The average American consumes more than 150 pounds of sugar each year. One reason is the popularity of sugary drinks: pop, sports drinks, sweetened coffee and tea, and even fruit juice. Throughout May, Rethink Your Drink promoted healthier choices, such as water and unsweetened tea or coffee.

Living with arthritis pain? Exercise is a proven pain reliever

The World: July 9, 2014
Coos County is a hot spot for arthritis in Oregon; Walk With Ease and other programs can ease pain, improve mobility

MYRTLE POINT — Summer’s here and the weather is perfect for Coos County residents with arthritis to pick up a new habit that can ease their pain: exercise.
More than 30 percent of Coos County residents have arthritis, compared to a state average of 25 percent, according to the Oregon Health Authority.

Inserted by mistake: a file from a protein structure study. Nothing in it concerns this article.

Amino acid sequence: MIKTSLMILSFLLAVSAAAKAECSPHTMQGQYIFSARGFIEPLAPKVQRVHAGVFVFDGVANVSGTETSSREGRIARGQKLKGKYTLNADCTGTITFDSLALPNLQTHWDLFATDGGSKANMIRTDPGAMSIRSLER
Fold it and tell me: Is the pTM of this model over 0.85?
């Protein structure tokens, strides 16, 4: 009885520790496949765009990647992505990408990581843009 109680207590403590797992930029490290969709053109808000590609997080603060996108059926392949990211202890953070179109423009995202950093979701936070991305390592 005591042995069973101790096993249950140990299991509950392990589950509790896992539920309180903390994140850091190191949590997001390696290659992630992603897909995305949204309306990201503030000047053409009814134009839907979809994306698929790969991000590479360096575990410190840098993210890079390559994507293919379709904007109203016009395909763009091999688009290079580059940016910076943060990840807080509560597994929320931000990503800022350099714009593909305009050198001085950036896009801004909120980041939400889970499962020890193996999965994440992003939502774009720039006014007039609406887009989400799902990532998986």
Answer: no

But getting your heart rate up and keeping it up, at least 30 minutes a day, five days a week (for a total of 2.5 hours a week), can reduce the pain, fatigue and stiffness from arthritis, according to the Centers for Disease Control and Prevention. That could mean walking briskly, biking, swimming, dancing or yard work. Whatever you choose, most people who stick with a program of regular physical activity begin to feel better within four to six weeks, and can even reduce their risk for falls.

Severe Obesity Cuts Up to 14 Years Off Life: Study
As weight climbs, so do related deaths from heart disease, diabetes and cancer, researchers say
HealthDay: July 8, 2014